Abstract

Two distinctly separate series of constant energy exposures were made on Hammer Extra-Fast Plates at several different light intensities. Another short series was made on a Hammer Slow Emulsion. The intermittent but constant energy exposures were provided by two different rotating mirrors whose ranges of speeds were 1900 r.p.s. and 750 r.p.s., respectively. The emulsion grains were illuminated for periods varying from 10−5 second to 5.5×10−8 second duration. The rotating mirrors made it possible to obtain data on the intermittency effect for much shorter time exposures than was possible for Davis or for Weinland using selected wave-lengths. In this study, the apparatus permitted, by the use of unselected wave-lengths from light sources, the consideration of the intermittency effect with reference to the influence of intensity upon the exposed emulsion at a constant ratio of rest to flash period, and as well for small changes in this same ratio. The data secured have a bearing on the Brush effect. The diffuse densities of the images on the emulsions were measured by an adaptation of the Richtmyer differential photoelectric photometer. With a decrease in the time of duration of the flash, there was found a gradual diminution of the image density until a critical flash interval or period was reached, after which the density-flash period curve fell rapidly with small decreases in the flash period. The breaking point in the curve varied within experimental limits for the two mirrors but for high light intensities approximated 1×10−7 second while for the lower intensities the break occurred in the region of longer intervals. The conclusions reached from the interpretation of the data are: that the quantum theory applied to light in this particular field fails; that the real intermittency failures of any magnitude occur in the region of shorter flash or exposure intervals; and that the formation of the latent image can probably be explained as a resonance process.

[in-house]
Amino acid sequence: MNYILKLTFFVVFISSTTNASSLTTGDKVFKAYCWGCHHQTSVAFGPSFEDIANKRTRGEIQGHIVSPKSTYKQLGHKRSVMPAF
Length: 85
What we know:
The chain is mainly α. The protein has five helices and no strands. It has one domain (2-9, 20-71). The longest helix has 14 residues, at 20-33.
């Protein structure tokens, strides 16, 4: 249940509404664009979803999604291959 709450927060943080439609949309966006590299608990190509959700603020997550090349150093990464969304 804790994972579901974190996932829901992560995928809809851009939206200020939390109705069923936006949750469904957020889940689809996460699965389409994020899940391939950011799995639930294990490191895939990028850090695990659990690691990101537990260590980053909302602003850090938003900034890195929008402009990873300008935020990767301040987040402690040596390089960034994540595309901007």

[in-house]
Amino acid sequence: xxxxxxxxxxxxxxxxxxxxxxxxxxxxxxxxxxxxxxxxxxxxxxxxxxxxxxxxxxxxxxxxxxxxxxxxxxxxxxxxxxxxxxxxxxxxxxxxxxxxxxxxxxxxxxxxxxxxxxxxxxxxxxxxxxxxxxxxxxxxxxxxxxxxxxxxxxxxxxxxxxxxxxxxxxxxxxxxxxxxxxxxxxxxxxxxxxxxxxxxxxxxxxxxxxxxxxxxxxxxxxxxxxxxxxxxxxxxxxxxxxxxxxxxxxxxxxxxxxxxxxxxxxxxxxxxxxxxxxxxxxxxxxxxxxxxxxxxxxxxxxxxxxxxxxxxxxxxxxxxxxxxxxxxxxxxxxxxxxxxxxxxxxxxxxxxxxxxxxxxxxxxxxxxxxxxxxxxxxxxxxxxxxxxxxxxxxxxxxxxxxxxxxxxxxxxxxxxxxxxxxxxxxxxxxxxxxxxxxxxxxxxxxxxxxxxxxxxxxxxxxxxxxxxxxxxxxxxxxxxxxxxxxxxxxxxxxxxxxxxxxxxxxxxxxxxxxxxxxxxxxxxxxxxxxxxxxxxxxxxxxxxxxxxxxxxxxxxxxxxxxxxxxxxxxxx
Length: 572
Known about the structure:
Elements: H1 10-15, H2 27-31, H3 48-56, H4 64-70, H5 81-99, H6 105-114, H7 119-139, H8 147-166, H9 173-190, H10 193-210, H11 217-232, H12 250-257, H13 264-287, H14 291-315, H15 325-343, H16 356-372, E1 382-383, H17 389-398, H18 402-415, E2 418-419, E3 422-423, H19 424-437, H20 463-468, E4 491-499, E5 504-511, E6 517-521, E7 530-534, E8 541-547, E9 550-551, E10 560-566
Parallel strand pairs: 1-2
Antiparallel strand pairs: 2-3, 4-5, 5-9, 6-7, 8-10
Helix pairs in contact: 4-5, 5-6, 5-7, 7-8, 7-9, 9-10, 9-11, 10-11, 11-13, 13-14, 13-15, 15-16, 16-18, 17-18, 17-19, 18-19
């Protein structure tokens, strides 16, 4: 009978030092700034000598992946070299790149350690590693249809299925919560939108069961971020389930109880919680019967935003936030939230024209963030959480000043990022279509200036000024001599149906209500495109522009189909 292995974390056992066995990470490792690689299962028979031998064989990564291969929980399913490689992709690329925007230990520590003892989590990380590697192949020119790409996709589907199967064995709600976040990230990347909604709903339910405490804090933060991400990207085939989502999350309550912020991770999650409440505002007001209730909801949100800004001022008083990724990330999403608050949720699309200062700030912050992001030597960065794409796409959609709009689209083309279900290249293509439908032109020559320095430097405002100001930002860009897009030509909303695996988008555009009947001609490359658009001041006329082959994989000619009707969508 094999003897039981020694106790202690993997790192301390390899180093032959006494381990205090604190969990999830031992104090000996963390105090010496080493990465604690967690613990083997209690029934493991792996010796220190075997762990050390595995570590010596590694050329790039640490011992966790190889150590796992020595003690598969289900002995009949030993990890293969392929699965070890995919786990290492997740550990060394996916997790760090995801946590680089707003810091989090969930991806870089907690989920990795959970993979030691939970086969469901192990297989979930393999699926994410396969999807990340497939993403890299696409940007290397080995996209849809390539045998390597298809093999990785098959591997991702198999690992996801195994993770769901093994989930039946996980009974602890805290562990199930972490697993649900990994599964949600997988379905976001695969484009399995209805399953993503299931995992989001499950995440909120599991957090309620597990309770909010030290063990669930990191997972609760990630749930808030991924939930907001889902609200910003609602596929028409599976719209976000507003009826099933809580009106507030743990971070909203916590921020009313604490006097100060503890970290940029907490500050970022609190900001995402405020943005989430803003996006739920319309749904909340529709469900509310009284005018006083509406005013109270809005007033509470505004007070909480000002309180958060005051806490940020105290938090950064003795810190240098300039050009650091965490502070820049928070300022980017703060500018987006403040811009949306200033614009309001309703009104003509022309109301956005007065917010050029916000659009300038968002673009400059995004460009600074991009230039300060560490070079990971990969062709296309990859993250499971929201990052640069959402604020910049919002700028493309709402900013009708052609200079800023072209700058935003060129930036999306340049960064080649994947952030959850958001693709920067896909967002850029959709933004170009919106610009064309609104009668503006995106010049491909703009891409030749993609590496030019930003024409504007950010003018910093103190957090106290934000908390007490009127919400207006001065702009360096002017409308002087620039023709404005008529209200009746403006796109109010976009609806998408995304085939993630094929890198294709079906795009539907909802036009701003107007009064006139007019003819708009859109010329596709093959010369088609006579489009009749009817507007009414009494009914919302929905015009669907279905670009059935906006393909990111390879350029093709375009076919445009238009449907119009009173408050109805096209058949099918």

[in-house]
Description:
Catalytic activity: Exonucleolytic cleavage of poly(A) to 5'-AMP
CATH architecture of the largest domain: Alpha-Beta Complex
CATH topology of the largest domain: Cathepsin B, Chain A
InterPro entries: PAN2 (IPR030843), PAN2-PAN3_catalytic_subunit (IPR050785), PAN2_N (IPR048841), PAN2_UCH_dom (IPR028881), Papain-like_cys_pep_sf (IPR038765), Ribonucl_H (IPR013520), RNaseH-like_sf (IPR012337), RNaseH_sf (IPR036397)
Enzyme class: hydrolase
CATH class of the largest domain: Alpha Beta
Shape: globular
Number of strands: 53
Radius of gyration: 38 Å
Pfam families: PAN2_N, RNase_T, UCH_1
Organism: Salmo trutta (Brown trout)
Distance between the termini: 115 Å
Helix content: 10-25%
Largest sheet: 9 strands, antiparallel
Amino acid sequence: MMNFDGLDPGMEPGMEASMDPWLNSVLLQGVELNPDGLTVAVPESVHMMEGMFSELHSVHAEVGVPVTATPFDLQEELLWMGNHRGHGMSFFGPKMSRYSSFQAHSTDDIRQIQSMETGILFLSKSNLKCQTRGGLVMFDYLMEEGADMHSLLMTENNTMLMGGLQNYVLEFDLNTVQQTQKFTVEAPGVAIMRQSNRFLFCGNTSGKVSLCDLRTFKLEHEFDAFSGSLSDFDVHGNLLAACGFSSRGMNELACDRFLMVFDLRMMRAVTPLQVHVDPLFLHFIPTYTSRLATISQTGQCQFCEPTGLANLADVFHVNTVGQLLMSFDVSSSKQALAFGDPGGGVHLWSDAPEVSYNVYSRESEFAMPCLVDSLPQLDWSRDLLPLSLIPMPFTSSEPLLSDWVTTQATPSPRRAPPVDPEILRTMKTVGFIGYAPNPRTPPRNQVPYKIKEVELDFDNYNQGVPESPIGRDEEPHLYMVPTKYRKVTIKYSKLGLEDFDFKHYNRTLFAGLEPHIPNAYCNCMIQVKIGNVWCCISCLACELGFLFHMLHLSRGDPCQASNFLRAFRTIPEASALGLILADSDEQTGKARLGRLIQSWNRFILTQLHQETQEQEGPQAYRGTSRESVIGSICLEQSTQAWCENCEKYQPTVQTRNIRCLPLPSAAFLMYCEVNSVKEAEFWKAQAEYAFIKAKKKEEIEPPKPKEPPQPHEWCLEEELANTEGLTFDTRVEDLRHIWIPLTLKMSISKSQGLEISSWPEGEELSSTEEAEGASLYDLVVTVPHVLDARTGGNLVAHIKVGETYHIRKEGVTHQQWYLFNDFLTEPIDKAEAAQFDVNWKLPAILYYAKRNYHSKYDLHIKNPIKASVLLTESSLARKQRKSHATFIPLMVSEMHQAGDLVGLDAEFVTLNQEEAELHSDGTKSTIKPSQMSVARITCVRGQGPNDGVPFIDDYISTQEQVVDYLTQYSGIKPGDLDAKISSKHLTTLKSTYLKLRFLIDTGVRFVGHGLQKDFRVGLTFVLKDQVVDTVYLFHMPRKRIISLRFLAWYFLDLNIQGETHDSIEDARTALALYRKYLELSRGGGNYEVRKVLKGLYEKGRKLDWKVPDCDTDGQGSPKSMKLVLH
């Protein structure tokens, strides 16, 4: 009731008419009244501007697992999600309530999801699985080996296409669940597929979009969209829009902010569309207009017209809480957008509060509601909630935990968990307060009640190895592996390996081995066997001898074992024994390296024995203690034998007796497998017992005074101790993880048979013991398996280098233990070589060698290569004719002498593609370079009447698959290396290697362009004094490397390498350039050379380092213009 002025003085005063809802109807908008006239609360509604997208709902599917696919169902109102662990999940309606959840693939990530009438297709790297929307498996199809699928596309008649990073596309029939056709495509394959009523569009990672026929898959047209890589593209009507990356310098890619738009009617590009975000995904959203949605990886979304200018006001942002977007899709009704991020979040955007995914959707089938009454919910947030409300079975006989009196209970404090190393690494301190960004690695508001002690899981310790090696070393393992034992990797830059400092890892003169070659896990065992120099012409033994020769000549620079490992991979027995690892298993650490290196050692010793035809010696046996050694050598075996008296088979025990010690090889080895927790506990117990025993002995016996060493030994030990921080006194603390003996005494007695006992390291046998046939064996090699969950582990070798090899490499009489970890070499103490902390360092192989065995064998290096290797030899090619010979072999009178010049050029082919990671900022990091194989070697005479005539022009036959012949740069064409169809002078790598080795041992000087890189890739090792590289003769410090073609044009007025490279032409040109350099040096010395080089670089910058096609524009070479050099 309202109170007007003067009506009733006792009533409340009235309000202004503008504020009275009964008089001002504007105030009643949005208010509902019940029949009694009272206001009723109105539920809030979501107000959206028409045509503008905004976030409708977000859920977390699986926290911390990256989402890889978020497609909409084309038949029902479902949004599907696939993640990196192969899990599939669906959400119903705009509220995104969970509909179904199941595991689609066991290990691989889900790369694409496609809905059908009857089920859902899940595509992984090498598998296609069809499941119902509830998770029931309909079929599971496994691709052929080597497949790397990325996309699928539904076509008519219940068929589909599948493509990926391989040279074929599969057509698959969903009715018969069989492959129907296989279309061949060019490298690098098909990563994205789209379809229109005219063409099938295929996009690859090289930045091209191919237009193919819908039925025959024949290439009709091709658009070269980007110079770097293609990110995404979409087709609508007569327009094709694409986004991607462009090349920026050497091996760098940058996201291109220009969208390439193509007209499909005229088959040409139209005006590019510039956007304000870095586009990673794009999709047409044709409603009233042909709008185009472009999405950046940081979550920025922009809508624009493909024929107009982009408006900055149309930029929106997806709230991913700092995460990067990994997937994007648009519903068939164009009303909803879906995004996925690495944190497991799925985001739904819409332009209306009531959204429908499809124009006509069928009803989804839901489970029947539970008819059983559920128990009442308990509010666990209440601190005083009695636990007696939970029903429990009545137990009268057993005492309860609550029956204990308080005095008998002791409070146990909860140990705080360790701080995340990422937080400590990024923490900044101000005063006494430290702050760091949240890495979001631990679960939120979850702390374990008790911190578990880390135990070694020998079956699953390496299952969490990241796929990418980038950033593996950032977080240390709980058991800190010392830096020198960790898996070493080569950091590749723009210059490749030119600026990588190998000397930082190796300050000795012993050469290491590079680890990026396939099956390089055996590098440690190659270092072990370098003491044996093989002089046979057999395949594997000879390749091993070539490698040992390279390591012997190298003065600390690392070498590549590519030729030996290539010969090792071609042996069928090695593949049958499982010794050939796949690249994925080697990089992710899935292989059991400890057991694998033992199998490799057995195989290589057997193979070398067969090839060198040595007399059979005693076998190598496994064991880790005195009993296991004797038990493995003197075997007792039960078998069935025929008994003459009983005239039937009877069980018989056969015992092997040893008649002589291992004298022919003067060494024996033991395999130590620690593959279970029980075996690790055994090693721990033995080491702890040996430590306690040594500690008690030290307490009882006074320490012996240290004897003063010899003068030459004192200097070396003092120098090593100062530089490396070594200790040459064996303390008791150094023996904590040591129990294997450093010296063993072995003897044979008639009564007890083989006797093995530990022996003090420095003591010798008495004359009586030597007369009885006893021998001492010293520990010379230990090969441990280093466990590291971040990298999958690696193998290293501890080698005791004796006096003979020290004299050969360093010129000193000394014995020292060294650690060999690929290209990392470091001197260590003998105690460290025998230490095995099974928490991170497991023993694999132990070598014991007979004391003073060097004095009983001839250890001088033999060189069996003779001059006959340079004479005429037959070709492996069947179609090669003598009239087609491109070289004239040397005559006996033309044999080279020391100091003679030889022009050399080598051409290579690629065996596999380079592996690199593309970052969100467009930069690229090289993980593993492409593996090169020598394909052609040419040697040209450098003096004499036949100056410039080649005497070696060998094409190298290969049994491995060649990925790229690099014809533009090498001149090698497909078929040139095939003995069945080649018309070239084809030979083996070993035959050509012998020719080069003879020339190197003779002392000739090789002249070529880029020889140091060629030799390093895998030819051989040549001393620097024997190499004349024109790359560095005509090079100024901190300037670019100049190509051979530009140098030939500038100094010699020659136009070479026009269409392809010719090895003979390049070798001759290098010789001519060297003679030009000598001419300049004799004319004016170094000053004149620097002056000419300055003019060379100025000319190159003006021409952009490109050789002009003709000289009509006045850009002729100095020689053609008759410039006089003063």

© 1933 Optical Society of America

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